The Value Plan: Live Case Study #1 - Metabirds

Metabirds week 8: Stakeholders’s analysis and S.M.A.R.T. objectives

Hello everyone!

We are now on a building block 9! However, before we start to proceed, it is crucial to refer to the PWS and the SEED question, set at the beginning of our Value Plan journey.

PWS: “Online educators struggle with offering a personalized experience on online platforms”

Seed Question: “What is the best strategy to help educators with providing a personalized learning experience on online platforms for the highest possible value for educators, online platforms and online learners?” 

After confirming within our team that both PWS and SEED question are relevant and reflect the critical problem, that, if solved – would bring the maximum value to the company and it’s ecosystem, we were ready to proceed to the Stakeholders’ analysis.

Stakeholders’ analysis

During the process of building the marketing strategy, identification of stakeholders is very critical. It helps to reveal both the specific stakeholders. These can positively or negatively affect the implementation of our marketing strategy and the stakeholders that help to solve the PWS!

While working on stakeholders’ analysis, we faced several challenges.

Stakeholders’ analysis. Version 1.

You can see that we were not specific enough, i.e. including the stakeholder “online ed. platforms” gives some idea, however specific details are lacking. Which educational online platforms are we referring to?  Are there any specific ones that would be really critical to focus on? Is there any categorization of platforms that can be made to ease this process?

As you can see it is critical to be specific since S.M.A.RT. objectives and the whole proposed strategy would heavily depend on this step. You can also notice from the picture that “Competitors” and “Developers” are similarly vaguely defined

After realizing our problem, we redefined the list of stakeholders.

Stakeholders’ analysis. Version 2.

As you have probably noticed, this list is long, since we tried to be more specific by categorizing and specifying most of the stakeholders. However, some of them are still not detailed enough, and we are in the process of further developing them.

S.M.A.R.T. objectives

I cannot emphasize the importance of this step enough. Our team realized that during this stage, it was the first time when all building blocks started to form into one coherent structure, further formed into strategic options.

At the beginning, this step seemed to be straightforward. However, the longer we spent time on it, the more challenging it became. We have faced several challenges, while developing our S.M.A.R.T. objectives:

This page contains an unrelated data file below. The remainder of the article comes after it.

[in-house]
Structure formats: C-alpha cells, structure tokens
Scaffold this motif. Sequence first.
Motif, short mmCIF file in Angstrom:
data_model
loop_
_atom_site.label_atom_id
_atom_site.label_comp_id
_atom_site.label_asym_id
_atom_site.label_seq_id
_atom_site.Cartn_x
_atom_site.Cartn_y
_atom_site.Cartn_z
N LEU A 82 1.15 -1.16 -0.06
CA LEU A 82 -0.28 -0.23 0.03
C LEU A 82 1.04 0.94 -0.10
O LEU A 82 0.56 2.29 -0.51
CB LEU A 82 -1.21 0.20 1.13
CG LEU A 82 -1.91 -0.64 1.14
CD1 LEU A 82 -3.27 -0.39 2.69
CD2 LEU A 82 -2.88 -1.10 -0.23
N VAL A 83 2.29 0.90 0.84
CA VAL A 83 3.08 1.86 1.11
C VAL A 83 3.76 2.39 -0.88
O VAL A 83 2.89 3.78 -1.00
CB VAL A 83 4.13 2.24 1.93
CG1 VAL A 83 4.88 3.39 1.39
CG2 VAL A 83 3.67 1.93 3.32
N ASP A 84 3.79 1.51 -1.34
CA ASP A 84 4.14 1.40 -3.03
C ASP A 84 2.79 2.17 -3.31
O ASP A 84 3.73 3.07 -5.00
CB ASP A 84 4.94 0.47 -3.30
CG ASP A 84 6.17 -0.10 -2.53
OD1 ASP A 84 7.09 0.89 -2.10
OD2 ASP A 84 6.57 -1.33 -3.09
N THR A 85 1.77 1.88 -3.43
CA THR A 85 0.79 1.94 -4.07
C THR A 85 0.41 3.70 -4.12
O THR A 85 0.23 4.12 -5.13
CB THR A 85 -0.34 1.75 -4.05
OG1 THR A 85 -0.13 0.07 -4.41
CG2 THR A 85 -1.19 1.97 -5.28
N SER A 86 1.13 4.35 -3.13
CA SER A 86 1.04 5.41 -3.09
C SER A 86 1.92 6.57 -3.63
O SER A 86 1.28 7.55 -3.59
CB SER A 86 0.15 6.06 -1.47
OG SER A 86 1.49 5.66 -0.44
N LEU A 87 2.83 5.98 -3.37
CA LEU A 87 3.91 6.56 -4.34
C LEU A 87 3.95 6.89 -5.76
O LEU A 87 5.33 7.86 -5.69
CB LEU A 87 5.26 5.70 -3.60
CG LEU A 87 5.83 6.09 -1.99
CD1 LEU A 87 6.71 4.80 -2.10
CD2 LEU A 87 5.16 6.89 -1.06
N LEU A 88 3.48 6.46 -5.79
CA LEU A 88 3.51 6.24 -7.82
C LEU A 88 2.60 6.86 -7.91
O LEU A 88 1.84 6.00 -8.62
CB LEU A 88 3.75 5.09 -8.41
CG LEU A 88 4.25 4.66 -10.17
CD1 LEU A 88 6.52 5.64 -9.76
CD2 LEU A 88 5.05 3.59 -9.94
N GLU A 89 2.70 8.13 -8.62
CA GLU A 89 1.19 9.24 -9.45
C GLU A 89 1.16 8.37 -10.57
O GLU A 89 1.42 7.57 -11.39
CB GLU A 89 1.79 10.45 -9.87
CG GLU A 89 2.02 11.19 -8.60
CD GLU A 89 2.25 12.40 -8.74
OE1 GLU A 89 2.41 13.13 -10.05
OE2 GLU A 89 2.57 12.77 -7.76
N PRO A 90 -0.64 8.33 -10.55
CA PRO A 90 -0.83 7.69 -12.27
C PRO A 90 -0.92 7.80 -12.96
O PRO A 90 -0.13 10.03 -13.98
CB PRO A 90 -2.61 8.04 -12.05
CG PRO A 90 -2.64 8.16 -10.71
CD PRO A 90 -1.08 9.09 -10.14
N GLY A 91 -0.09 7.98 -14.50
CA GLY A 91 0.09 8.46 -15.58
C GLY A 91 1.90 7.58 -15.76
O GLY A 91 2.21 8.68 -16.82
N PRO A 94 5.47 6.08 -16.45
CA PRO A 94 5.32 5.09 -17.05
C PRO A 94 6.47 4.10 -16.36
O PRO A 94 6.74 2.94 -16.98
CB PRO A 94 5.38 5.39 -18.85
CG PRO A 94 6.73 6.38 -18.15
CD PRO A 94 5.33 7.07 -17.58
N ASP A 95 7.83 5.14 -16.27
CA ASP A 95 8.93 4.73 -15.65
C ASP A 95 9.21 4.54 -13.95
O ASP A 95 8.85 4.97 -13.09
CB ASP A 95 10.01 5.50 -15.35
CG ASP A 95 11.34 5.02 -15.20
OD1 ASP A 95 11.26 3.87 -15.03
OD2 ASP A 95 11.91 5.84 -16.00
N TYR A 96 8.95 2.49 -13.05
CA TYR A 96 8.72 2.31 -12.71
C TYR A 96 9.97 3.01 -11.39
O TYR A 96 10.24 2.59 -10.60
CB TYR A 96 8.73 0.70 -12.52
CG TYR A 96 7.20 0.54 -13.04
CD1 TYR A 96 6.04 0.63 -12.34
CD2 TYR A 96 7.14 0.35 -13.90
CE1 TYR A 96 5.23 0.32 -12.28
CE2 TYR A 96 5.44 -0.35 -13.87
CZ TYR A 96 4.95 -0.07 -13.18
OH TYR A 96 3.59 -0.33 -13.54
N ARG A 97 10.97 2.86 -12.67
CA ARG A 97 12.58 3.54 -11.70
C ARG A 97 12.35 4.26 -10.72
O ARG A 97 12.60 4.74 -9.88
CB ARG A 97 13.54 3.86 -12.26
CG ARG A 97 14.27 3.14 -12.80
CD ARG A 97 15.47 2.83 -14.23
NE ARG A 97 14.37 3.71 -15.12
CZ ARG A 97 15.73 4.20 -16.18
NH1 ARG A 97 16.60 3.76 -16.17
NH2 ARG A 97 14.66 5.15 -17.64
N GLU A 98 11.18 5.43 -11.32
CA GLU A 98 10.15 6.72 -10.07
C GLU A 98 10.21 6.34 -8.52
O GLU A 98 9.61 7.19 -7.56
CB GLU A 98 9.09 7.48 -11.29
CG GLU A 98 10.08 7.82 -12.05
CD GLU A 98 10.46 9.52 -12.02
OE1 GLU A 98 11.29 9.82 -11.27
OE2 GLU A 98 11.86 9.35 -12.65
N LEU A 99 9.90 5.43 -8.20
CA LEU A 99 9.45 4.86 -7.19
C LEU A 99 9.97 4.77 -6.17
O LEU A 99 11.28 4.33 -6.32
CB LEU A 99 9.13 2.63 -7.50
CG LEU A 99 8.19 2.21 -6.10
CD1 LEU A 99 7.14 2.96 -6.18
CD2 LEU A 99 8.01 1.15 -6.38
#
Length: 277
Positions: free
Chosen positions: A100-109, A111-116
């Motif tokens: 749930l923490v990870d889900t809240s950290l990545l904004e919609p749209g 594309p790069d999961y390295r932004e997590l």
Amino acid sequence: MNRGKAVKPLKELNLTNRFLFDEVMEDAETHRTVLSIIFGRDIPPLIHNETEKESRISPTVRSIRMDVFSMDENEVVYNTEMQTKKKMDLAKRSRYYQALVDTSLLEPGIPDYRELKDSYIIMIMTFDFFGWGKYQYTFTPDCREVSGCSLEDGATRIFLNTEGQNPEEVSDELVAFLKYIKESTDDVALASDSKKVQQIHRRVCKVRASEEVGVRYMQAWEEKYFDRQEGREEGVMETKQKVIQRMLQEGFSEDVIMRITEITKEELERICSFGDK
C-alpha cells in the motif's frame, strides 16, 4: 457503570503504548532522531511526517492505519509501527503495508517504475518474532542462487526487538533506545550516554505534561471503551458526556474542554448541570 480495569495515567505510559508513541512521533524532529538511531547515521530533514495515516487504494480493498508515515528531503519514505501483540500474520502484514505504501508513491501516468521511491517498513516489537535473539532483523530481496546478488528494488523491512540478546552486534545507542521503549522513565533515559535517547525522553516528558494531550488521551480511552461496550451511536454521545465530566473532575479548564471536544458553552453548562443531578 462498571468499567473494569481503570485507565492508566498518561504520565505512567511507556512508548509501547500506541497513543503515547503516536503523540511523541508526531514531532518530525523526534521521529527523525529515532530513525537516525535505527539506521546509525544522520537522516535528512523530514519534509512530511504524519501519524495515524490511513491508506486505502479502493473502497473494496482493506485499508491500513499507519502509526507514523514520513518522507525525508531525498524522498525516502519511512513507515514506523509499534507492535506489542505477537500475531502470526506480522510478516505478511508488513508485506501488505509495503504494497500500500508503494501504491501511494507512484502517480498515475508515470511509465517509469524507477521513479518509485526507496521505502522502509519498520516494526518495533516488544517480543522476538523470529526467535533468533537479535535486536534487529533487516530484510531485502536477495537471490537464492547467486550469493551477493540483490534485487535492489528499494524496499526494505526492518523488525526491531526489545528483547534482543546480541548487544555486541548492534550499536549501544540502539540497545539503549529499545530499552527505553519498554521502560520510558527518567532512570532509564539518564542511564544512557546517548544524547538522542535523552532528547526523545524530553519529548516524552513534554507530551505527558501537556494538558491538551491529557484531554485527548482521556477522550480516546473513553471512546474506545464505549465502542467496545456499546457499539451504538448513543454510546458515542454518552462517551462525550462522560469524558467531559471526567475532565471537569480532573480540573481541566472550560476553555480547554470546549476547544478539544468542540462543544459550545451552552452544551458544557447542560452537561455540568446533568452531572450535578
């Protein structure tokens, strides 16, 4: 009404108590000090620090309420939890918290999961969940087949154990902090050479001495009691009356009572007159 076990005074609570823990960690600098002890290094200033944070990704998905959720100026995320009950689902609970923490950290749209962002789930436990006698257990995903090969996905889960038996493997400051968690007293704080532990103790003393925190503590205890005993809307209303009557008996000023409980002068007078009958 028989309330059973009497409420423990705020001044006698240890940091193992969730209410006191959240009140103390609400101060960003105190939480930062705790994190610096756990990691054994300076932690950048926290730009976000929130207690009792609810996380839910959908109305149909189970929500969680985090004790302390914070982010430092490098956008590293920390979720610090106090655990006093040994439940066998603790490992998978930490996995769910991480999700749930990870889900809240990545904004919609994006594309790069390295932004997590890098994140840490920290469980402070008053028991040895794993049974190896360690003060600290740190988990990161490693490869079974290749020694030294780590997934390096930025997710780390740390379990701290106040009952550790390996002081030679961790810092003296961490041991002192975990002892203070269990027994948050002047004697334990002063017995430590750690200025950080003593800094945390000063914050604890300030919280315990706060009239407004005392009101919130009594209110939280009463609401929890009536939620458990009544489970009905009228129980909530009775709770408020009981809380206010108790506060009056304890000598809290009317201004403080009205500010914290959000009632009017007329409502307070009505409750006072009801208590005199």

Challenge 1

Make sure the objectives are NOT tactical. We faced this problem several times. While trying to make the objective as detailed as possible, we did not realize that we lowered down the strategic objective to the tactical level. For example, one of the objectives we stated:

Hire 2 employees [here, we specified the area of the required expertise] within specific time frame.

So, let’s test if it is S.M.A.R.T.?

Specific – yes,  we can see the clear outcome of this objective (hiring two employees).

Measurable – yes, it should hire 2 employees. We have the reasoning behind it and we can prove why exactly we need two people.

Achievable – yes, when we were framing this objective, we made sure the company can afford hiring two more employees.

Realistic – it is realistic in this industry to hire this many employees.

Time Bound – we specified the time frame within which this objective should be achieved.

It is S.M.A.R.T. hooray! With these words we continued working on different objectives.

However, the first question that comes up to mind after reading this objective is how does the execution of this objective would help us to successfully solve the PWS? It seems to be very tactical, explaining step-by-step process of how to achieve the bigger strategic objective, however, what do we eventually want to achieve is not clear.

Having this in mind we decided to rewrite this objective.

Improve overall [area that can be improved if both of these employees are hired] that is measured by [here, we included specific web tools that can measure specified area] within [specific] time frame.

You can see the difference. Here, it is clear, that this is the important part of the marketing strategy that if achieved would help us to solve the PWS.

Challenge 2

Make sure that you measure your objectives wisely. In the case of the previous example, it was straightforward to know how to measure the objective. However, how do you measure intangible objectives? For example, brand credibility?

It took us a while to find specific tools that might help to measure such objectives.With the proliferation of social media, key performance indicators (KPIs) such as the number of shares or number of clicks can represent a very specific and understandable way to measure such intangible objectives.

After finishing S.M.A.R.T. objectives, we were ready to move to developing strategic options! Let’s test if our objectives are S.M.A.R.T. enough to facilitate our Value Plan journey! Stay tuned!

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